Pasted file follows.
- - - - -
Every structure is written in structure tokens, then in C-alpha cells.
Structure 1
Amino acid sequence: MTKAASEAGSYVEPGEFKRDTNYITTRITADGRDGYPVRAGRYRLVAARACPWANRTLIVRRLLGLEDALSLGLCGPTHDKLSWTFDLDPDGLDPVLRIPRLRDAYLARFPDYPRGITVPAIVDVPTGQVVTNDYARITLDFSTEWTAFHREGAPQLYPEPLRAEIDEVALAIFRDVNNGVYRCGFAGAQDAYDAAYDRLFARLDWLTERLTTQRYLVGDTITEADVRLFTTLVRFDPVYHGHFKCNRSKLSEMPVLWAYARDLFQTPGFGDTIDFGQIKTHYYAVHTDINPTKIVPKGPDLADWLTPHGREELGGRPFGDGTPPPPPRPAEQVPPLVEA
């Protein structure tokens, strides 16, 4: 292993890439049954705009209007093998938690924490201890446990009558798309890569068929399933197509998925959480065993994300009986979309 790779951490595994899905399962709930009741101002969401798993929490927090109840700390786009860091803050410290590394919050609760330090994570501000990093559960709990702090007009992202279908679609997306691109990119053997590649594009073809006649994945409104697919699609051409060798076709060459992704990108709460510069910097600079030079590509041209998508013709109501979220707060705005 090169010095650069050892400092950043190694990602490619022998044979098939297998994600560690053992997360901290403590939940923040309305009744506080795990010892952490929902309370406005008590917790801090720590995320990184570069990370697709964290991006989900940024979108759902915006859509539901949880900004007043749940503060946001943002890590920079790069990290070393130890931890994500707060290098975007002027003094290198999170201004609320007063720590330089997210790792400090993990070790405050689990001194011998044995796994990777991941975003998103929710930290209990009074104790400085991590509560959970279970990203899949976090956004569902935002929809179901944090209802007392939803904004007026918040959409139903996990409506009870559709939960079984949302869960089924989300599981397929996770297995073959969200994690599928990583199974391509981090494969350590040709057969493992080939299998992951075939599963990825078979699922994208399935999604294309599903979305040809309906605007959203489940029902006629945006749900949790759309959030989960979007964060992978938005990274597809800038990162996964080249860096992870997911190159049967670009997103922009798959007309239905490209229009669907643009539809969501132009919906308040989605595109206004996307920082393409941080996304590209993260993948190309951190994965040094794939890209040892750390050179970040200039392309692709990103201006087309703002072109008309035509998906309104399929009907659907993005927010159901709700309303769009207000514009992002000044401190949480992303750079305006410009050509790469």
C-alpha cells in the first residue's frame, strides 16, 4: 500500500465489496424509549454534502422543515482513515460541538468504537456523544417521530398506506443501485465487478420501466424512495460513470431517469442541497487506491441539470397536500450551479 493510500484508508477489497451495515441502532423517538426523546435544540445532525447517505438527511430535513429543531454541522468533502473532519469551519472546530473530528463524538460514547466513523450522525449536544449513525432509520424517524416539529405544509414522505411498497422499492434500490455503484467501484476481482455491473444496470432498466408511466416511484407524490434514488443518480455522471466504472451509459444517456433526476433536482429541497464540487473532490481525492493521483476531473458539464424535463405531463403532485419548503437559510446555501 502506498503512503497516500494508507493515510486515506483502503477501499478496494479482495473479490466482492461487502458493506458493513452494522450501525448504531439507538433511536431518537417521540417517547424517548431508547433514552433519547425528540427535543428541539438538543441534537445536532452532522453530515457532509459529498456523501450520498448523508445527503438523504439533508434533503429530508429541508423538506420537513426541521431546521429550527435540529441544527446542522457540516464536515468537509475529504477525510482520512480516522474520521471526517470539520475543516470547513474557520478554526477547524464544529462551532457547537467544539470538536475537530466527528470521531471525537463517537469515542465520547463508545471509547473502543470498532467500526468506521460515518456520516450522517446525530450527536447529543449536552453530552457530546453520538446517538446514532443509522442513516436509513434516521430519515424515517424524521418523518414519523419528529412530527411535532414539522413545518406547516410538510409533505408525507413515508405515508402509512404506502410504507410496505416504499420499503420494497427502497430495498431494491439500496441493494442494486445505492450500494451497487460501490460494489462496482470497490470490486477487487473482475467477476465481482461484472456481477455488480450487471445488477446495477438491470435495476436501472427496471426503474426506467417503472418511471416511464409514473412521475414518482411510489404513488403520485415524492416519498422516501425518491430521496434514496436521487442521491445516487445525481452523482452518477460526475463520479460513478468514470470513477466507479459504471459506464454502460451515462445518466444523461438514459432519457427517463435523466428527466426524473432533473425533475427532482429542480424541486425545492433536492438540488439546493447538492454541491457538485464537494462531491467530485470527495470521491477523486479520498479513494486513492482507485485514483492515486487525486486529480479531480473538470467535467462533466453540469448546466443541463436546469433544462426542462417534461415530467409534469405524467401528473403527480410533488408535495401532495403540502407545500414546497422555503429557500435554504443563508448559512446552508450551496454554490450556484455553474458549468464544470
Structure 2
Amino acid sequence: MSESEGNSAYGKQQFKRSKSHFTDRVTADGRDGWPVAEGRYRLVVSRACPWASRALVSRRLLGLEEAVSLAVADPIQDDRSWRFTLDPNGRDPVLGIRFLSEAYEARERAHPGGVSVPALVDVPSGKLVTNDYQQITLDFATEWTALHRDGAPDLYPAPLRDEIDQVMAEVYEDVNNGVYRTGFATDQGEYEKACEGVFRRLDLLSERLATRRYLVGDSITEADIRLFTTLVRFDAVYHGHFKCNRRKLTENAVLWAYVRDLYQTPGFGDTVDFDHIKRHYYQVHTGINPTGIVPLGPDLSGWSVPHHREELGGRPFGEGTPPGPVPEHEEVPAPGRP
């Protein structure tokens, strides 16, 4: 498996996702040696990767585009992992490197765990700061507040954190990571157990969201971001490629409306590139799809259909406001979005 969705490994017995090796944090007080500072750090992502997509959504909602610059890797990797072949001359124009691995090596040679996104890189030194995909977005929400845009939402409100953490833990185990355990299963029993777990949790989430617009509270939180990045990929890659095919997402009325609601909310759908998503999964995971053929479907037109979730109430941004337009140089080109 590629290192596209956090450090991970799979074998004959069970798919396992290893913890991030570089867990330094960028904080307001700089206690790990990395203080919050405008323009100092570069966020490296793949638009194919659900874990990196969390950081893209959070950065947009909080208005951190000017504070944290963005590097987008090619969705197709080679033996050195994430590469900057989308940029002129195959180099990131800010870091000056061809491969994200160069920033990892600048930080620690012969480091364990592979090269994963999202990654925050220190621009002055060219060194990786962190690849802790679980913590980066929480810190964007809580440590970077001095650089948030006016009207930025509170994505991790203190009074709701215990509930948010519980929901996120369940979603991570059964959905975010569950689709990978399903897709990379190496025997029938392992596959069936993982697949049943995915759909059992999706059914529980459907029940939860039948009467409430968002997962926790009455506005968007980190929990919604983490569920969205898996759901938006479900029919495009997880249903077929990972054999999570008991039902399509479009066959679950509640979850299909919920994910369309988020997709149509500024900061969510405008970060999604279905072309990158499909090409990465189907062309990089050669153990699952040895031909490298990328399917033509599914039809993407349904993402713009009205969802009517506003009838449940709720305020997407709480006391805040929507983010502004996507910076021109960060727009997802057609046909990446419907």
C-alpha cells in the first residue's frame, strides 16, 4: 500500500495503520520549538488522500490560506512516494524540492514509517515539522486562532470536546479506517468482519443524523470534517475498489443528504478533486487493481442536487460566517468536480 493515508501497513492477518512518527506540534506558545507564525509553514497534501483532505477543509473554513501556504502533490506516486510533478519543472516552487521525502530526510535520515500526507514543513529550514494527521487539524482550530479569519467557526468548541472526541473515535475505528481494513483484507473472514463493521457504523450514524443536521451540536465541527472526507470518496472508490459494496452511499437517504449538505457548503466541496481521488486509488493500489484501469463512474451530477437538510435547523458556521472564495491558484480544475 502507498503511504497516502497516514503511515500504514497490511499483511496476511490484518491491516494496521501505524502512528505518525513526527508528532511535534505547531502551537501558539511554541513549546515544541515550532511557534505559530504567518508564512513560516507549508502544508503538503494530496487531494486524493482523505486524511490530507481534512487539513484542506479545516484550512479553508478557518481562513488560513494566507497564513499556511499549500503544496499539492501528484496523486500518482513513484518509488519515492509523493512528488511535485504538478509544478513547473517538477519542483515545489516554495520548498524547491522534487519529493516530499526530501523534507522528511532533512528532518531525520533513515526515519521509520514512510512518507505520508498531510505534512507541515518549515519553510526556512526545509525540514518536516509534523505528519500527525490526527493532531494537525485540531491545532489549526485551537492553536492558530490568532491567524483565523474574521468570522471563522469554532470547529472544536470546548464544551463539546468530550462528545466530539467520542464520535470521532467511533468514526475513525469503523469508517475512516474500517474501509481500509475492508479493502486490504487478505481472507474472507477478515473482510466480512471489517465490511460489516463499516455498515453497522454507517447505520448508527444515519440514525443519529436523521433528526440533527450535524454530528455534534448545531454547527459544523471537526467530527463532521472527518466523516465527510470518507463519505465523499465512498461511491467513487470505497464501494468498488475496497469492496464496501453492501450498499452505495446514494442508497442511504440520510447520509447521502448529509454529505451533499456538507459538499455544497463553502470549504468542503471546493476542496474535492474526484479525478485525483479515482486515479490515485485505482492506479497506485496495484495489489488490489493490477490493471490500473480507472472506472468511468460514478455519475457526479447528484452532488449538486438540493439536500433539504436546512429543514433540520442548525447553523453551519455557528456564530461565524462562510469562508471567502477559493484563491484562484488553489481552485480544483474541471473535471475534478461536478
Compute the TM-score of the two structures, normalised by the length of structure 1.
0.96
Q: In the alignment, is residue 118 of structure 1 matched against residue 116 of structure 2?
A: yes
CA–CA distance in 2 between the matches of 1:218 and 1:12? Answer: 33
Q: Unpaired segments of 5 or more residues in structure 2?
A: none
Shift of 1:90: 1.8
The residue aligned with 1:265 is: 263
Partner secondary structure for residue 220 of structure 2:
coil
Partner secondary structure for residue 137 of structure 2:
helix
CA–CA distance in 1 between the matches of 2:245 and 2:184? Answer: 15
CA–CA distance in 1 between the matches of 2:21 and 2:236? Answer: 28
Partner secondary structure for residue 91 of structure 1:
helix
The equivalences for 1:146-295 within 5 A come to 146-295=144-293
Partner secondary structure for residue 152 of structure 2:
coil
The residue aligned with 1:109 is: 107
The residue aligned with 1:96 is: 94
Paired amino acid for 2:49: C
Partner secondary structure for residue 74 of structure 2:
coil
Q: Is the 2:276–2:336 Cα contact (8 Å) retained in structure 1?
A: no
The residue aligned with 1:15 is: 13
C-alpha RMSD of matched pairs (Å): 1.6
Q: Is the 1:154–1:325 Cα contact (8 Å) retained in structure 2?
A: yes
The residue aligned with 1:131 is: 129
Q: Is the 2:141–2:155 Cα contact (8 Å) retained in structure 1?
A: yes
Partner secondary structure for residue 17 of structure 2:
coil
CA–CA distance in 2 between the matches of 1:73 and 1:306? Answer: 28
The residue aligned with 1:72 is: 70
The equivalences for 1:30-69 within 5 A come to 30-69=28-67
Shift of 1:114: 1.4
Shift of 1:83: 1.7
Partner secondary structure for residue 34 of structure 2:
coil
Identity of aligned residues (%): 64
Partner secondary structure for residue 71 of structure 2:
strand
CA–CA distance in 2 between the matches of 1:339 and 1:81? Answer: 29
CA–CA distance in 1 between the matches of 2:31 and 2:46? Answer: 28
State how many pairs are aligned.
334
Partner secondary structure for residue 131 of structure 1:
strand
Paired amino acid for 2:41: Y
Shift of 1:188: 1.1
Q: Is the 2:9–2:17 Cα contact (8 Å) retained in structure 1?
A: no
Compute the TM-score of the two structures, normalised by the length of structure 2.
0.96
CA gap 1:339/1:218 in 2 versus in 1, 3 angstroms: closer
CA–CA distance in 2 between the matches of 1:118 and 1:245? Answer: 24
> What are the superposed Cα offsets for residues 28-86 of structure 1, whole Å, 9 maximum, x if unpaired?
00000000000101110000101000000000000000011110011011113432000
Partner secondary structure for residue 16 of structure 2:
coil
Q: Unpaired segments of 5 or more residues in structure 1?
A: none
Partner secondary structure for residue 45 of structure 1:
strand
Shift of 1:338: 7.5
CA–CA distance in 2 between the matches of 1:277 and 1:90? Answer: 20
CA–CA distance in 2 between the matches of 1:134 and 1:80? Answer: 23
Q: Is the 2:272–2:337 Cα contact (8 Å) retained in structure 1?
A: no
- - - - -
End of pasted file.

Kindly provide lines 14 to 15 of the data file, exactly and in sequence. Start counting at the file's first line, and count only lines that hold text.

CA–CA distance in 2 between the matches of 1:218 and 1:12? Answer: 33
Q: Unpaired segments of 5 or more residues in structure 2?